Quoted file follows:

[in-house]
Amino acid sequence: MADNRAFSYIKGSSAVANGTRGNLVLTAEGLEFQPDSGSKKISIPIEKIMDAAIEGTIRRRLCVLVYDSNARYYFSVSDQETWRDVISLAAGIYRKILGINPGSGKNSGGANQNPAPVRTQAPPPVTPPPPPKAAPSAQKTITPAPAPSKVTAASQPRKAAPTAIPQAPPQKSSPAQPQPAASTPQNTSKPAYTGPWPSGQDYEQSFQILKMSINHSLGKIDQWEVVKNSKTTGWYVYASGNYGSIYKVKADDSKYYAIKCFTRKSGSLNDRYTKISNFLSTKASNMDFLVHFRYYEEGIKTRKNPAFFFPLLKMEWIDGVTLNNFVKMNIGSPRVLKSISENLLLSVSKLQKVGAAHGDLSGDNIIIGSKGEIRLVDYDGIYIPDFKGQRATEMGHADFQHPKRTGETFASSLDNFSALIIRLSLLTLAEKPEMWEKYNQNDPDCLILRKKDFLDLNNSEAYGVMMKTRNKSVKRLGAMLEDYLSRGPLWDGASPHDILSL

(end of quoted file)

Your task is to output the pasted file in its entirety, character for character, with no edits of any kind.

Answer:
[in-house]
Amino acid sequence: MADNRAFSYIKGSSAVANGTRGNLVLTAEGLEFQPDSGSKKISIPIEKIMDAAIEGTIRRRLCVLVYDSNARYYFSVSDQETWRDVISLAAGIYRKILGINPGSGKNSGGANQNPAPVRTQAPPPVTPPPPPKAAPSAQKTITPAPAPSKVTAASQPRKAAPTAIPQAPPQKSSPAQPQPAASTPQNTSKPAYTGPWPSGQDYEQSFQILKMSINHSLGKIDQWEVVKNSKTTGWYVYASGNYGSIYKVKADDSKYYAIKCFTRKSGSLNDRYTKISNFLSTKASNMDFLVHFRYYEEGIKTRKNPAFFFPLLKMEWIDGVTLNNFVKMNIGSPRVLKSISENLLLSVSKLQKVGAAHGDLSGDNIIIGSKGEIRLVDYDGIYIPDFKGQRATEMGHADFQHPKRTGETFASSLDNFSALIIRLSLLTLAEKPEMWEKYNQNDPDCLILRKKDFLDLNNSEAYGVMMKTRNKSVKRLGAMLEDYLSRGPLWDGASPHDILSL